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Last month we released a report in the Skift Trends series, Future of Tours and Activities Tech and Marketing.
Below is an extract. Get the full report here to get ahead of this trend.
T.J. Sassani is CEO, Chairman and Founder of Zozi, a company that offers a backend reservation management and payments platform for tour operators, plus a consumer-facing tour marketplace. Below are the highlights of Sassani’s conversation with Skift about key challenges faced by the tours sector, how his company is addressing some of the challenges, and how tour operators should think about effective mobile experiences for consumers.
Skift: Where does Zozi’s business fit in the tours and activities ecosystem?
T.J. Sassani: Our model has evolved quite a bit over the years. What we’re focusing on now, and what’s really catching a lot of steam, is a two part model similar to OpenTable. We focus first on getting businesses on our SaaS (Software as a Service) platform, and we call that “Advance.” Online bookings, payments, reservations, mobile payments, etc. … We’ve got several thousand businesses using the system now across about 90 countries. [There’s] about a billion dollars going through [our] platform. So we’re the largest in market and we’ve raised about $45 million in funding so far.
We also have Zozi.com, which is our consumer marketplace. We started there, and then put that on autopilot while we were focusing on the reservations platform. We’re now putting a lot more attention back on the consumer piece. So we have both the [consumer] side and the supplier, software side, and we plug that into some of the good distribution channels in the market. We have a partnership with Viator that we’re now integrating and we’re looking at one or two other places that may be able to do some volume for our merchants.
Skift: When does the tours and activities industry look like today, at the end of 2015?
Sassani: If you look back 10 or even just five years ago, the market was really challenged. The reason it was challenged was that merchants were not coming online. They were very slow to adapt technology. You think about the adoption curve across other small business segments that use software. Restaurants adopted software, mind and body [businesses] adopted it and then the fitness market came online.
Now the tours and activities market is really ramping up as well. Interestingly enough, when a lot of the distribution channels started to open up–Viator started getting more steam, TripAdvisor coming into the market–what merchants saw is they now started to have more distribution points, and it went from being a “nice to have” to [needing] a centralized reservations platform to connect to the channels. Otherwise it really made it hard to provide a good customer experience. As of today, only 35 percent of operators have a booking capability on their website and only around 15-20 percent have a sophisticated reservation platform in place.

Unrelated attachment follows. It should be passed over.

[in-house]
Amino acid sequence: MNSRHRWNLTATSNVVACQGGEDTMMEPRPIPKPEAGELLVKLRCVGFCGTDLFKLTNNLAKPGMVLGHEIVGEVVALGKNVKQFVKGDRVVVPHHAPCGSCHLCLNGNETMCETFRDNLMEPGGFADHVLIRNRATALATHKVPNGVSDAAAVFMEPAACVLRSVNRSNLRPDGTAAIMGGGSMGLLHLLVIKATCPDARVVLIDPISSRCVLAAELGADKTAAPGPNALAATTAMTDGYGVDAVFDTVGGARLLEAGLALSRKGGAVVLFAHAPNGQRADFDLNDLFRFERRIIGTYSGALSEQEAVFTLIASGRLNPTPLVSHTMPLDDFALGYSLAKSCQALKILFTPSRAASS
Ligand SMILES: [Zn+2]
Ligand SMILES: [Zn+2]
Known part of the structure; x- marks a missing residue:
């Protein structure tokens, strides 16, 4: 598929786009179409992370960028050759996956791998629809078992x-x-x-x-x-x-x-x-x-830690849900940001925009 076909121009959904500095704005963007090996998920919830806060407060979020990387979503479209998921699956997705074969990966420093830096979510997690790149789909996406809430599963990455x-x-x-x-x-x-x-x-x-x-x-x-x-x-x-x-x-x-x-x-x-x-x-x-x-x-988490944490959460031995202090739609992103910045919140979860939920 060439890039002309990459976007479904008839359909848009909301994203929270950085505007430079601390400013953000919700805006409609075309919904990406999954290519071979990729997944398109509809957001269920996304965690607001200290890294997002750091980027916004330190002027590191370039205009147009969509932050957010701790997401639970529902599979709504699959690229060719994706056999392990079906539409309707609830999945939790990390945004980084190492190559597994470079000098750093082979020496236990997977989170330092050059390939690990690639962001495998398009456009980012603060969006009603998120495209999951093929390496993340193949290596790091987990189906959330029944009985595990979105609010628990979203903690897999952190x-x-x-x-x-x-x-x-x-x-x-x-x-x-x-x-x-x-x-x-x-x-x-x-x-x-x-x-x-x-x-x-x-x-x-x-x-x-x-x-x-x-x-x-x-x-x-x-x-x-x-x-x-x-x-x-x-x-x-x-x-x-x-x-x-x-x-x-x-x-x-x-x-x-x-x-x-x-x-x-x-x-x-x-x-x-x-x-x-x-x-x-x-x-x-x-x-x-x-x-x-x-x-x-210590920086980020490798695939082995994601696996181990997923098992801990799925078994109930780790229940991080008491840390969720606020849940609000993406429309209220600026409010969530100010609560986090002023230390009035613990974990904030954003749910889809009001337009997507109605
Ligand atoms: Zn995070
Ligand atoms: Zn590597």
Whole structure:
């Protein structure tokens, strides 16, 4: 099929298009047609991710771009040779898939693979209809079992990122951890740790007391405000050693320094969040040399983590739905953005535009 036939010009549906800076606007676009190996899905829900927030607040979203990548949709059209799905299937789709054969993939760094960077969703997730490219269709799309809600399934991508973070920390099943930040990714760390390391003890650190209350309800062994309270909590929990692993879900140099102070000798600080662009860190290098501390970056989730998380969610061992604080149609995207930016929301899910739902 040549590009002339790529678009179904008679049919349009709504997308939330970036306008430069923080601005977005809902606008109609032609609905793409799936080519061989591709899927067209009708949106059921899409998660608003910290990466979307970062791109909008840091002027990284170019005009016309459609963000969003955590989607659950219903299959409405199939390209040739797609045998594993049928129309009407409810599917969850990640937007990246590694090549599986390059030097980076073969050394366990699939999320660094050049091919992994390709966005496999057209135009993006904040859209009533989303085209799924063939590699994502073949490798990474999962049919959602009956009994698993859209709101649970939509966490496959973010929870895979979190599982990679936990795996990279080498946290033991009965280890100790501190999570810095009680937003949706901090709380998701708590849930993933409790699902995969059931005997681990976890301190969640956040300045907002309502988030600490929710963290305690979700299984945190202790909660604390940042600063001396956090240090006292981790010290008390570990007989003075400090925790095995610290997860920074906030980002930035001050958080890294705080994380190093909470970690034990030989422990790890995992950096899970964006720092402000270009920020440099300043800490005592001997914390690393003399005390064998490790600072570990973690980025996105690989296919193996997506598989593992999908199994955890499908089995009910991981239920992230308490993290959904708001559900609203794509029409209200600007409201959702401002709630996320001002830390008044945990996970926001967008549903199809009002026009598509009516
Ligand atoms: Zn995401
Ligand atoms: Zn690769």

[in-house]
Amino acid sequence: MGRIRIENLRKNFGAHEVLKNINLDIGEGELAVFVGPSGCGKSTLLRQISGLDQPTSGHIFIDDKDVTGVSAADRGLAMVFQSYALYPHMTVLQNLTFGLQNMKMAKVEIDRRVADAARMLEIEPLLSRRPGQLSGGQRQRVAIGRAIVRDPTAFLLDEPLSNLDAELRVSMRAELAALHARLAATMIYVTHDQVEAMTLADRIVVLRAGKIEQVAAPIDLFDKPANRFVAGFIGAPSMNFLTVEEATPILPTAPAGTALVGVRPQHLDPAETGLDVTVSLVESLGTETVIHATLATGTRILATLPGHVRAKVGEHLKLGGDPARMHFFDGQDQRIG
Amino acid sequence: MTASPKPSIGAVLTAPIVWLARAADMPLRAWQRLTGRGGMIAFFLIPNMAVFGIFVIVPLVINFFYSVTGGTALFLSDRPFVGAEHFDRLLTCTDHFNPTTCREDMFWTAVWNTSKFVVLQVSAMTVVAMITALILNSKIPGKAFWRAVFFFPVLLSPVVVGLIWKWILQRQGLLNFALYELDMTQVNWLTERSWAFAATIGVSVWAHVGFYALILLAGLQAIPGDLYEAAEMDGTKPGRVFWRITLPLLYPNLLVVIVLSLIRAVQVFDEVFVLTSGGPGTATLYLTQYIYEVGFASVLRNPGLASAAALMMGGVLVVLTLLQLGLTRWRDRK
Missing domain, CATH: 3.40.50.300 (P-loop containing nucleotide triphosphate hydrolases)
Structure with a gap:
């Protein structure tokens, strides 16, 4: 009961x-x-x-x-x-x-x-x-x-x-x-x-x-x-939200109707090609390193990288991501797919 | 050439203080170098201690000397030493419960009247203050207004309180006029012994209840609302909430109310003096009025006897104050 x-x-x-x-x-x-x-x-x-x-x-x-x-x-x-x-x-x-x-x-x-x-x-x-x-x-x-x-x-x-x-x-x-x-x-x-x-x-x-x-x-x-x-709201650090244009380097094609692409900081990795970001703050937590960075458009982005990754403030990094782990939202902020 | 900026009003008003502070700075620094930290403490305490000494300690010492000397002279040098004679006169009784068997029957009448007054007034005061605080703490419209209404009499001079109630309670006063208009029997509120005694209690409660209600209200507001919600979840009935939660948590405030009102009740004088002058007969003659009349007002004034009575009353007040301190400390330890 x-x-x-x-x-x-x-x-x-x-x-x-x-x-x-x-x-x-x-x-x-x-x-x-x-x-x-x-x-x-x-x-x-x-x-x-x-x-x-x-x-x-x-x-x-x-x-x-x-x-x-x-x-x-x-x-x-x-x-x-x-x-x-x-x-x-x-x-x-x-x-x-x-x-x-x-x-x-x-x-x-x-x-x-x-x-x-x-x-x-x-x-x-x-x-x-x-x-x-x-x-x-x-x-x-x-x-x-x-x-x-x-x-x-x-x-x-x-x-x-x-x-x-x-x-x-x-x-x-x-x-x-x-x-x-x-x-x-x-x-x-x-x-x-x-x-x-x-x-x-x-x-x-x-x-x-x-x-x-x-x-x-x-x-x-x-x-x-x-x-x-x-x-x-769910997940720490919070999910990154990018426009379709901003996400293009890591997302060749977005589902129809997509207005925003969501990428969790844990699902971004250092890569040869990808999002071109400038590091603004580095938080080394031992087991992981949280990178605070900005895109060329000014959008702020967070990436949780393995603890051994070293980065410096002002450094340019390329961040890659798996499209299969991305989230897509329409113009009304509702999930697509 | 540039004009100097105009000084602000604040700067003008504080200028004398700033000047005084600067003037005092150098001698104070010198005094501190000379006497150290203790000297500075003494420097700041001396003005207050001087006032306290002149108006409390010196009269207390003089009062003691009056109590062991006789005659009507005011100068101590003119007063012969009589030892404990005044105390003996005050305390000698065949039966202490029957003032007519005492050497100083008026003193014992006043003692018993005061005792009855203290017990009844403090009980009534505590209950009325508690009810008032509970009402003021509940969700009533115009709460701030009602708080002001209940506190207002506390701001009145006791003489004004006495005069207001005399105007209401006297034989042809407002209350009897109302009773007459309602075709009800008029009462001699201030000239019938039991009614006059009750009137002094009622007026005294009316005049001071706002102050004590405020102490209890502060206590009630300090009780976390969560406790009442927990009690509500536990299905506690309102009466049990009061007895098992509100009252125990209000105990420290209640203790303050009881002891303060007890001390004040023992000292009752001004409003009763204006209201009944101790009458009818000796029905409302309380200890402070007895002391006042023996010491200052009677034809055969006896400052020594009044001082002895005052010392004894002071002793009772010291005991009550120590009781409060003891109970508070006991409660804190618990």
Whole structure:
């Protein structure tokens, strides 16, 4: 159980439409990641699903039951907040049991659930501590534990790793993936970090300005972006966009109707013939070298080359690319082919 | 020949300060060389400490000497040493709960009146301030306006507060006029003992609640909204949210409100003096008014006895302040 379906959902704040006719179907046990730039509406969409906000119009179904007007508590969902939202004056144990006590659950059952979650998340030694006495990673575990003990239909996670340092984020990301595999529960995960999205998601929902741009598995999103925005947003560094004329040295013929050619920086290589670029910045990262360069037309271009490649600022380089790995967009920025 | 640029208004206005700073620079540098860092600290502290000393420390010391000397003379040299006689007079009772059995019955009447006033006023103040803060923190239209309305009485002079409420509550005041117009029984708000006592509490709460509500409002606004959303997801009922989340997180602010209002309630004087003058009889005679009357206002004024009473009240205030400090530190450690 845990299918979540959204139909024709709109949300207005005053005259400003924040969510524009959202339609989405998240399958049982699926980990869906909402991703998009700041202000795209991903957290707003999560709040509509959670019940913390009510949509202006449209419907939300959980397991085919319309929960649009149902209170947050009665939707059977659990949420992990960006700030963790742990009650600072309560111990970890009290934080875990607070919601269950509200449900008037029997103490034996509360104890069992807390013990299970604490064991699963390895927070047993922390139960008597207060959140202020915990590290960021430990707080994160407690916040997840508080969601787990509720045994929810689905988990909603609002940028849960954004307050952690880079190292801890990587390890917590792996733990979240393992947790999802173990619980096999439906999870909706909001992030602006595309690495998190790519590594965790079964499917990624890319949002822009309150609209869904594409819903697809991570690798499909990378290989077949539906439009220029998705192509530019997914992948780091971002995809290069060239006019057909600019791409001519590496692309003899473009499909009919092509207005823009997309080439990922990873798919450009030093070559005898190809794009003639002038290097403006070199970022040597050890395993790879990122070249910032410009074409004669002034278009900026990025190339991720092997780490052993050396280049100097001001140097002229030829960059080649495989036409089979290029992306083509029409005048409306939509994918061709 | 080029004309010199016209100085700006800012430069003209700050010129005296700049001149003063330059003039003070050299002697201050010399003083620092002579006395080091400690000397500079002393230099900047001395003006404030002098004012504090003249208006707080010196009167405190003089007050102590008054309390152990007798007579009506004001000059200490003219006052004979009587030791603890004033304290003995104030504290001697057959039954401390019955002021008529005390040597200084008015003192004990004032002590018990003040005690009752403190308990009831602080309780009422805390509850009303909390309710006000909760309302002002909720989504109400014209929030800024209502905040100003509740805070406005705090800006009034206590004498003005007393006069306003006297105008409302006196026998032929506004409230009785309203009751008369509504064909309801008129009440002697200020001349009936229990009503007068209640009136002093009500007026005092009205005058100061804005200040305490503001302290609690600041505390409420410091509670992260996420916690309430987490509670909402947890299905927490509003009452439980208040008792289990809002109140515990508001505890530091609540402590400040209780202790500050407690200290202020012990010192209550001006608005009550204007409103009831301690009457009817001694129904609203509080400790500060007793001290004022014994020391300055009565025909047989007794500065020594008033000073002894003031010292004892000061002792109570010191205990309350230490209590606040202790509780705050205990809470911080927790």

The second challenge is that because there’s no real centralized reservation system, becoming a marketplace that is truly bookable in real time with on-demand activities is something that’s quite challenging. Viator solved some of that by providing inventory and plugging into some of the systems [already] in the market, but even so, the market is still very fragmented. There’s still a lot of work to do there, but that’s being solved as well.
The third challenge is from the consumer perspective. If you went and polled a hundred people on the street, I don’t think anybody could give you an answer about where they go to book activities. People like Viator do a really fantastic job in their segment focusing on tourists. That’s a fine business to focus on the top five to 10 attractions in any given market, but as a result they’re only focusing on those customers that buy the product once a year. By the time the next occasion comes up, they don’t remember the brand.
Skift: How important is mobile for tour operators as an engagement and distribution tool?
Sassani: It’s incredibly important. We think about mobile through two lenses. One is the merchant lens, where we built a mobile app for them to manage their whole business and access our product through the mobile devices. The reason that was the first thing we did is it helps get more of the merchants online and keeps track of inventory availability in real time and encourages more compliance to adopt a system.
I see a lot of companies in the tours and activities sector launching mobile apps, but we don’t pay any attention because it’s just noise. You can’t just launch a mobile app for activities and have it function like the website and say ‘maybe this stuff is available, maybe it’s not.’
I think the mobile strategy for consumers needs to be entirely different and match with mobile research behaviors. Now that we have tens of thousands of activities that we have availability on, as we launch our consumer mobile web strategy next year, we will be able to very specifically target consumers with product that we know is available. We’ll also be able to allow merchants to do yield management and say ‘Hey, I’ve got a couple products available this weekend with some extra spots. I want to publish some discounts, I want to drive more volume fill that perishable inventory.’ They can do that through our platform.
There’s a unique value proposition for the mobile strategy, and it’s something people have been going after for a long time. But they’re coming at it from the wrong direction, saying they want to do in-destination marketing and last-minute mobile bookings, but they don’t know the availability and it never ends up getting steam with consumers. You have to build the infrastructure first.